“It is lighter than most and also sophisticated, making it refreshing to drink in the summer months neat, on the rocks, or as a foundation in a long cocktail where its delicate fruitiness and spice complement almost any flavor profile,” says Kenneth McCoy, chief creative officer at Ward III and The Rum House in New York City. Affordable enough to be your everyday whiskey, poured into a tumbler over a big cube of ice, this bottle is also worthy of special occasions when breaking out the specialty whiskey tasting glass and savoring it neat.
Runner-Up, Best Overall: The Sexton
Region: Ireland | ABV: 40% | Tasting Notes: Roasted Fruit, Grain, Honey
Easy to identify, The Sexton boasts a unique, black-and-gold, angular bottle. Triple distilled in copper pot stills, this Irish whiskey is aged in ex-Oloroso sherry casks for a mellow, honeyed finish. It has tons of roasted pear notes on the nose, which follow through to the first sip. Earthier than many Irish whiskeys, it still has the category’s telltale crispness, making it perfect for sipping on its own either neat or with a cube of ice. This bottle is also easy on the budget, so you can feel free to mix away, pouring it into cocktails like Hot Toddys, Whiskey Smashes, or just a simple Whiskey & Soda with a long twist of lemon.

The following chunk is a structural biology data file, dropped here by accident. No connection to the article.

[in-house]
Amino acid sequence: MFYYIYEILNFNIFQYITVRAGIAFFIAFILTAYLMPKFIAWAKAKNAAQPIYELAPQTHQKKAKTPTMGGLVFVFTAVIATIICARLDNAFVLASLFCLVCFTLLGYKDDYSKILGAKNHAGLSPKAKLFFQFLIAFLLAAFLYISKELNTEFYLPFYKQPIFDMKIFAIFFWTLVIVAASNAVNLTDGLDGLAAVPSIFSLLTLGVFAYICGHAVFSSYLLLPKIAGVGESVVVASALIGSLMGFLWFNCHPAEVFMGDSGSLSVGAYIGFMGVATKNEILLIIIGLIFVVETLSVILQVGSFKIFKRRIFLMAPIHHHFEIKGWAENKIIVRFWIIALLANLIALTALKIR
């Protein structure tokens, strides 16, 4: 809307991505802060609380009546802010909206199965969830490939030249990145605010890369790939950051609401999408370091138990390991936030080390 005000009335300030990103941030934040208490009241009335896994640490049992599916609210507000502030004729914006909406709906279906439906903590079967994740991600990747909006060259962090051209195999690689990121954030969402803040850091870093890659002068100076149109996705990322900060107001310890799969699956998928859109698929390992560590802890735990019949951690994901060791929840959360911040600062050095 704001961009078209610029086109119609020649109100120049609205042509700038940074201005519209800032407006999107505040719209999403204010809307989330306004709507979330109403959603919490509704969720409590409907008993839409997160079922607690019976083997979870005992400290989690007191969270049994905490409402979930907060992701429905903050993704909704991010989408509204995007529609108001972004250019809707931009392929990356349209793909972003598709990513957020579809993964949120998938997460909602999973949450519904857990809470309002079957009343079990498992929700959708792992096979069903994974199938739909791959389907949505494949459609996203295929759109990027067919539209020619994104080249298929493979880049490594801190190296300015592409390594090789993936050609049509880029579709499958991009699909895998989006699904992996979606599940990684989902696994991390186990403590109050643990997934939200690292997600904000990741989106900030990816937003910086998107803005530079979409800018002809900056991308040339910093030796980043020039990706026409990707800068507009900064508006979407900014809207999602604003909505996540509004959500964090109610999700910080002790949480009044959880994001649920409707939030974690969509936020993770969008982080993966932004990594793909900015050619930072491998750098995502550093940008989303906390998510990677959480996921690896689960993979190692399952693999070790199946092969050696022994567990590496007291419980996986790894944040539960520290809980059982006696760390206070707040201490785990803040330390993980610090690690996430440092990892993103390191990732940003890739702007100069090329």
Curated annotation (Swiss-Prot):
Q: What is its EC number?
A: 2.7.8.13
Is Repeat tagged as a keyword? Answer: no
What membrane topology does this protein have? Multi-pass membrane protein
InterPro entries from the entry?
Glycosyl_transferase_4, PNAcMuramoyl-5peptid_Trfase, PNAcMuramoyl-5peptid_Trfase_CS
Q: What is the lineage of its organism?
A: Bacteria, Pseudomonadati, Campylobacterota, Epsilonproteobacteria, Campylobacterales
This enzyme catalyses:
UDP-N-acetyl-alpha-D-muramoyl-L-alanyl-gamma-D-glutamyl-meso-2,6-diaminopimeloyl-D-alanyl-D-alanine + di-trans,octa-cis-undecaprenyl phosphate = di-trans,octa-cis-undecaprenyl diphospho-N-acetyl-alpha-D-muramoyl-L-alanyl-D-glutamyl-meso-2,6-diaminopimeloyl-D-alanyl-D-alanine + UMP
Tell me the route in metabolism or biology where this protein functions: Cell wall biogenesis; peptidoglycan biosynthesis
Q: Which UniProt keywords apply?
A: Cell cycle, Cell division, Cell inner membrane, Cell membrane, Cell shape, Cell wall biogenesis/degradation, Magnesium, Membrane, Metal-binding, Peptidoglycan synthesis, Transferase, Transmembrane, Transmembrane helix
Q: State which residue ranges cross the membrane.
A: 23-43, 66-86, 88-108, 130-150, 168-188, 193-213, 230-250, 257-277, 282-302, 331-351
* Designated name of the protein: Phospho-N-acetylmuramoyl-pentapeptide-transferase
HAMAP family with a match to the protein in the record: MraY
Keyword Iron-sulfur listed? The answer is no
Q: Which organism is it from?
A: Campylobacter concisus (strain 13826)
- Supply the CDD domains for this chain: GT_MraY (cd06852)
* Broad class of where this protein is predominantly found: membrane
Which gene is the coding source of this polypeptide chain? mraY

Best Value: Slane
Region: Ireland | ABV: 40% | Tasting Notes: Caramel, Vanilla, Dried Fruit